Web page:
Football Over The Holidays
The History of Boxing Day football
Every year on Boxing Day, English football fans are treated to a post-Christmas gift. The joy of holiday football is enjoyed by millions of fans in Great Britain, and with the addition of the Premier League television contract, Boxing Day football is enjoyed by fans the world over. While leagues across Europe and in other parts of the globe take the holidays off; English teams up and down the country experience their busiest time of the year.
But why is Boxing Day football a thing? And why is it solely a British sporting event that no other major leagues participate in?
Creating a tradition
Boxing Day is a holiday celebrated in the Commonwealth countries. Outside of those nations, there is probably little chance of residents celebrating the holiday unless they are expats of a Commonwealth nation.
Established in the 19th century, it is a day that was created by Queen Victoria, and it allowed shopkeepers and merchants to collect gifts from customers. This was done as a way of customers being assured they would receive quality service during the year. What a different time.
In 1860, the world’s oldest football club, Sheffield FC, played rivals Hallam FC, who happen to be the second oldest football club. Sheffield came out victorious in the first ever Boxing Day fixture, 2-0. Not only did the two sides contest the first ever match on Boxing Day, but it was the first match of what would become the oldest derby.
In 1862, the two rivals met again, although it was three days post-Boxing Day. This time, Sheffield and Hallam played the first ever charity match; giving the two historic clubs another first. The teams donated the proceeds of the game to injured soldiers who had fought in the American Civil War.
It took 28 years for Boxing Day football to really gain traction, however. During the Football League’s first season in 1888, Preston North End routed Derby, 5-0. Historians look back to that fateful Boxing Day as the catalyst to modern holiday football. Each year after, post-Christmas football grew, and today, it is one of the biggest days on the British football calendar.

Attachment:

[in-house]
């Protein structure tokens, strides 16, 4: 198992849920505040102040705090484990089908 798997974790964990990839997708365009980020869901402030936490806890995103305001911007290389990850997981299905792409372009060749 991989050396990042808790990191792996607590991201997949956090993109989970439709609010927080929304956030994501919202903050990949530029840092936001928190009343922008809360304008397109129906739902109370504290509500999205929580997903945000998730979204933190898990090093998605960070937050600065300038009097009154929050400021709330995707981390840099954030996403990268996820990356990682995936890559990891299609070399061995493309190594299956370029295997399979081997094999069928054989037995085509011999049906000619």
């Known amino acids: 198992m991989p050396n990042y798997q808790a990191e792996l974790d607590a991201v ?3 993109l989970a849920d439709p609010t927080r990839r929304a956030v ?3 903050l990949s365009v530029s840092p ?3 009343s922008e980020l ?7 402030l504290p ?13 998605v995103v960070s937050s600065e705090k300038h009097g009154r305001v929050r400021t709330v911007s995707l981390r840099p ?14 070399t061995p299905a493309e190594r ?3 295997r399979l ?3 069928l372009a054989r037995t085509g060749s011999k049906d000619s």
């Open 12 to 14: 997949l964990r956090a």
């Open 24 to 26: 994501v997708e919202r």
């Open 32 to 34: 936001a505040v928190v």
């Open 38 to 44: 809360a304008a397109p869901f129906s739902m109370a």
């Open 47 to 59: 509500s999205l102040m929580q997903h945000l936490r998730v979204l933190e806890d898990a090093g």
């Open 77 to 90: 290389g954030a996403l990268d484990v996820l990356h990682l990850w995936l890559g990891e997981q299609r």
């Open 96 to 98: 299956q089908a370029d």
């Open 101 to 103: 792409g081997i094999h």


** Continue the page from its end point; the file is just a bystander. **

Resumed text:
During the 1950s, the football league contested games on Christmas day as well. Amazingly, the league would run a full slate of matches and then do it all again the following day on Boxing Day. Obviously, it was a much different time, one which British citizens had little alternative for entertainment during the holidays. During the 1950s, the idea of football being played on Christmas became less favourable, however. The tradition finally died out completely in 1965. That year saw the last Christmas day match played between Blackpool and Blackburn Rovers. Luckily, the idea of Boxing Day football remained.
In recent years, many have called for the British game to hit the pause button during the holiday season. It has been argued that taking time off like the other top European football leagues will improve British sides’ chances of winning the Champions League and Europa Leagues. It is also believed a break will help the terminally ill England national team win a World Cup or European Championship.
The good news is Boxing Day football means money for football clubs. Thanks to the influx of cash that goes into the pockets of football clubs up and down the British Isles, it doesn’t appear the tradition will end anytime soon.
So, fans of football and holiday sports can thank two amateur clubs in Yorkshire for what they did for the game. The two sides still play today. Sheffield ply their trade in the eighth tier of English football, while Hallam are in the tenth. Perhaps one day, the two will once again be in the same division and can contest a Rules Derby.